The Daily Californian Online

Businesses Feel Strain of Ongoing Marines Protests

By Ashley Trott
Contributing Writer
Monday, February 25, 2008
Category: News > City > Crime

Charles Brown (foreground), a member of anti-war group World Can't Wait, protests at the Downtown Marines recruitment center.

Two protesters were arrested during a demonstration at the Downtown Marine Corps recruiting center last Friday, part of an ongoing saga that some say is hurting nearby businesses.

Anti-war group Code Pink has been demonstrating in front of the center since last fall. Since a recent City Council decision to call the recruiters "uninvited and unwelcome," the demonstrations have escalated, with another anti-war group, World Can't Wait, protesting on Fridays and police donning riot helmets when responding to the group's demonstrations.

Last Friday, members of World Can't Wait chained themselves together and marched away from the center towards the Downtown Berkeley BART station.

Police began to arrest one protester for using a megaphone outside of the boundaries of the group's city-issued sound permit, but at around 4:20 p.m. about 50 demonstrators surrounded two police officers, preventing the arrest and prompting calls for backup, said Berkeley police Sgt. Mary Kusmiss.

Twenty officers responded and two demonstrators, including the one with the megaphone, were arrested for resisting arrest, Kusmiss said.

As this was going on, local business owners were doing their best to carry on with their business, even though their front doors were sometimes blocked by protesters.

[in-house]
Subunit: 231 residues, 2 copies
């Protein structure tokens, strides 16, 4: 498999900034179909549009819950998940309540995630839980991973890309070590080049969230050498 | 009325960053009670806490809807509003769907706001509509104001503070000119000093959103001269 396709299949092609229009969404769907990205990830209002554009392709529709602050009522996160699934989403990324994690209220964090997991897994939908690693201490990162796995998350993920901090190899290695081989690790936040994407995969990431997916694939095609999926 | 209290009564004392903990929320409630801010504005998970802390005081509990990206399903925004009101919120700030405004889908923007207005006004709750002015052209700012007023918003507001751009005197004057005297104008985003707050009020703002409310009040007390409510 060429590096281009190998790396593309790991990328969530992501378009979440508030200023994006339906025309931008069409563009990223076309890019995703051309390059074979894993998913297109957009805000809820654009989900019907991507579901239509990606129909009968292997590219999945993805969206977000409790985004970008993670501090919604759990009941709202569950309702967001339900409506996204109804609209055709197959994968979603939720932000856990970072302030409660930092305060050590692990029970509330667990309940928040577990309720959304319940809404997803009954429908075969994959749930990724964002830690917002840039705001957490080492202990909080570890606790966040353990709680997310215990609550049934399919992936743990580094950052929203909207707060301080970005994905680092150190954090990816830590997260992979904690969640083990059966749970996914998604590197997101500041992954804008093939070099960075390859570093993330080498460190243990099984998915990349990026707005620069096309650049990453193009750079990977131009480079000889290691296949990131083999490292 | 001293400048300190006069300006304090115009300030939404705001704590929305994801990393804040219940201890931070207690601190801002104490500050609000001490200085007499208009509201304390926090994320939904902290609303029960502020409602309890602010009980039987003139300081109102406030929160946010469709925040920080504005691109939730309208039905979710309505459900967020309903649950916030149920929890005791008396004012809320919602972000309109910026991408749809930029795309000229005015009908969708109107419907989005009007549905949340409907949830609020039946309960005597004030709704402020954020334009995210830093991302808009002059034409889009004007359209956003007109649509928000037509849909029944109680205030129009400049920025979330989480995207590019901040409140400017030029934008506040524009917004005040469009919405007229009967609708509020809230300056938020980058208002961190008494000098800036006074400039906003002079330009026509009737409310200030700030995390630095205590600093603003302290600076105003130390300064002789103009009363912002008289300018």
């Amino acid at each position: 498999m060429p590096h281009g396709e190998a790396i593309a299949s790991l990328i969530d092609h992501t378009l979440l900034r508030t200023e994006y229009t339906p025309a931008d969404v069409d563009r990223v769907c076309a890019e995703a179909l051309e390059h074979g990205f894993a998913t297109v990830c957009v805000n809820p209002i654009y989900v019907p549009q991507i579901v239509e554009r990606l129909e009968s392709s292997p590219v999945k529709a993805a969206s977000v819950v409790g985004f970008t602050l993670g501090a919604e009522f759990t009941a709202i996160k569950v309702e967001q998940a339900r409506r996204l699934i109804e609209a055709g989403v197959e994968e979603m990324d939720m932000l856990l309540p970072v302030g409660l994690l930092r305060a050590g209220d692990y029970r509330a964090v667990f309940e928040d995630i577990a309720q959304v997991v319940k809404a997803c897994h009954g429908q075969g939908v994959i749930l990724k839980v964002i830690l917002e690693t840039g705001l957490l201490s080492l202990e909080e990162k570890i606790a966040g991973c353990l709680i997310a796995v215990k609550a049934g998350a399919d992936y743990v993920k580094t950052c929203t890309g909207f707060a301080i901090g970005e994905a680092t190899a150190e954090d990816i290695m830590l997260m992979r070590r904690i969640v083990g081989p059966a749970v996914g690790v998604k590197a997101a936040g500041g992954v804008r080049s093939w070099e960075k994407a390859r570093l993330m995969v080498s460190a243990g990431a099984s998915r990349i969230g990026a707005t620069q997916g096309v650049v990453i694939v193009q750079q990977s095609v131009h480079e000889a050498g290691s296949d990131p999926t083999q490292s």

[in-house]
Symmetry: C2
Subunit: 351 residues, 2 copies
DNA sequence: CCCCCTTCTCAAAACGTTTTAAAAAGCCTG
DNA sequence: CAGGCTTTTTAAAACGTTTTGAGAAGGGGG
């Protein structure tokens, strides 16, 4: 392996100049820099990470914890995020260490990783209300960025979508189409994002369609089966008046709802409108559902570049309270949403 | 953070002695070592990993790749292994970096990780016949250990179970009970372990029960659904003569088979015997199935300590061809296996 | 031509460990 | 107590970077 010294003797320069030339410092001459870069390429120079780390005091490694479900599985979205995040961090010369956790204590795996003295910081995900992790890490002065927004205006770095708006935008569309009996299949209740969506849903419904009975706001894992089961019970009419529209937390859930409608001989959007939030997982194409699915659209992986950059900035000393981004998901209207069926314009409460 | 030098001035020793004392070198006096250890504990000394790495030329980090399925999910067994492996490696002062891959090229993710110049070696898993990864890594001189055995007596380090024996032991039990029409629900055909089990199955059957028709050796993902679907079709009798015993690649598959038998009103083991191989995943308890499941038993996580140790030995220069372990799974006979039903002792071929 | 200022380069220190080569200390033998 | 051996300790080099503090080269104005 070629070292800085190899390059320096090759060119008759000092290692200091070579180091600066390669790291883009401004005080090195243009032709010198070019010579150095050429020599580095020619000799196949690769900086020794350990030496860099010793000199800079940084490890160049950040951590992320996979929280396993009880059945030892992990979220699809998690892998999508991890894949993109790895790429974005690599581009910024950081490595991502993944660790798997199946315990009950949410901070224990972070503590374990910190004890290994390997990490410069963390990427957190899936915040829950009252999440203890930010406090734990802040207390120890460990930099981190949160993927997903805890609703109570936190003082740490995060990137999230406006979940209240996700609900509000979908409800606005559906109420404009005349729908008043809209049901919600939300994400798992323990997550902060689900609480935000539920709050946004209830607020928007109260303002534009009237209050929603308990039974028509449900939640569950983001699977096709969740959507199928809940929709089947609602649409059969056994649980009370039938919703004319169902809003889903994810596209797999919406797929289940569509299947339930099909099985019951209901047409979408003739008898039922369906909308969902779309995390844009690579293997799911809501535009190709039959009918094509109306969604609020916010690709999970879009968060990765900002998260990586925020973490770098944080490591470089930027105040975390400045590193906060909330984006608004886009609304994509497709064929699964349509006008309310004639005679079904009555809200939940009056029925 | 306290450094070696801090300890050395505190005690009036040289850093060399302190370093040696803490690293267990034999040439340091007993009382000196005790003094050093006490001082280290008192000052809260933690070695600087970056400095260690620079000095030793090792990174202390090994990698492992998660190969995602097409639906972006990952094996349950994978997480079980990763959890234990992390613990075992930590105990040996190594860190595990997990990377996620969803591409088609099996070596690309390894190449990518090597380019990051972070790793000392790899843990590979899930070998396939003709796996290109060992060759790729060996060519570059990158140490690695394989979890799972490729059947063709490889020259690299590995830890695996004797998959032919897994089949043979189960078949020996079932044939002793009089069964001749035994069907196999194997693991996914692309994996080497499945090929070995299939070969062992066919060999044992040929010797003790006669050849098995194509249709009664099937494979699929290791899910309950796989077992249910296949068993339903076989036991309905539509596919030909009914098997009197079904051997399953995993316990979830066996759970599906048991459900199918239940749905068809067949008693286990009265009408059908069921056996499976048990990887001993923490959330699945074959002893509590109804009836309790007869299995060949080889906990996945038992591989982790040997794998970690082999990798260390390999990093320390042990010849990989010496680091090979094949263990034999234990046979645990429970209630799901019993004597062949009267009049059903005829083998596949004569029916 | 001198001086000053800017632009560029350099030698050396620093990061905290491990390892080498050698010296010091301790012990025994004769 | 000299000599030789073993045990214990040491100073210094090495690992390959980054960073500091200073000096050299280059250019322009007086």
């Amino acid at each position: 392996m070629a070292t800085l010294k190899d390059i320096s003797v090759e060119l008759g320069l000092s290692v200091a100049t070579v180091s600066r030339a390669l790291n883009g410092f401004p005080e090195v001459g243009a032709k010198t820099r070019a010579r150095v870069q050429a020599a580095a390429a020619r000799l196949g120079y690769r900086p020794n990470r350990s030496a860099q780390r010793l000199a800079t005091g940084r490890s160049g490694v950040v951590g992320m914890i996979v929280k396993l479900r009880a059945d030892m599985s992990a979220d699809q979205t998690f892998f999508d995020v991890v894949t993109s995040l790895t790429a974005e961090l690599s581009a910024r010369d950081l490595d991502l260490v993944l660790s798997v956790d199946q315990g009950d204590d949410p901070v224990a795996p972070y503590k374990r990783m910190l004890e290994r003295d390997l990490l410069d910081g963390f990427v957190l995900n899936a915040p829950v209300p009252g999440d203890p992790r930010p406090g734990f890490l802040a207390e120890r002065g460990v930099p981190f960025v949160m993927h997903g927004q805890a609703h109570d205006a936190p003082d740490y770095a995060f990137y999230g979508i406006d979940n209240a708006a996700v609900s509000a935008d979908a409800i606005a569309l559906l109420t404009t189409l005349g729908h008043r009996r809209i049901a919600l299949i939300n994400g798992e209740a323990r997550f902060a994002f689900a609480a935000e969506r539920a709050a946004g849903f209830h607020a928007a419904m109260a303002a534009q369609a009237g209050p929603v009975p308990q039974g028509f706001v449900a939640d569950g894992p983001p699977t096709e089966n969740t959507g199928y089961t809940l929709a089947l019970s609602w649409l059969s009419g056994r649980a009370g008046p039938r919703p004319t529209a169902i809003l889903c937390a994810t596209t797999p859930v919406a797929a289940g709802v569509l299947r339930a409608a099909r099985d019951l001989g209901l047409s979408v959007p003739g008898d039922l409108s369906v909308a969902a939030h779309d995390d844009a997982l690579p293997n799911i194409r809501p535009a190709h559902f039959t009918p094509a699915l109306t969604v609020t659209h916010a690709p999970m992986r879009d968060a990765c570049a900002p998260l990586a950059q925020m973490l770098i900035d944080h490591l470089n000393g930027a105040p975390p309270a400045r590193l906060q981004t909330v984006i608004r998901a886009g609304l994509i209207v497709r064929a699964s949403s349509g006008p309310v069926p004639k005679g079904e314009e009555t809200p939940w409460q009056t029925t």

"(The customers) don't feel comfortable to sit here and do the services," said Ziba Fanaian, owner of Z & S Beauty Studio, whose entrance is next to the recruitment center. "(Customers) try to come the day the protesters don't come."

Other neighboring businesses have also been feeling the effects of the protests, like The Berkeley Review, an MCAT tutoring center located directly above the recruitment center.

Pirasteh said students are still attending classes even though the constant yelling from the protests has forced many classes to move into a stuffy back room, away from the noisy protests on the street.

Protesters say they feel business losses do not compare to the cost of war.

"I do feel for them, but I feel that bombs dropping on your head is a little harder to deal with than losing their job," said Pamela Benning, a member of Code Pink.

But business owners say they see no way to salvage their businesses until the protests end.

"I cannot move, I cannot do anything, so basically we're stuck," Fanaian said.

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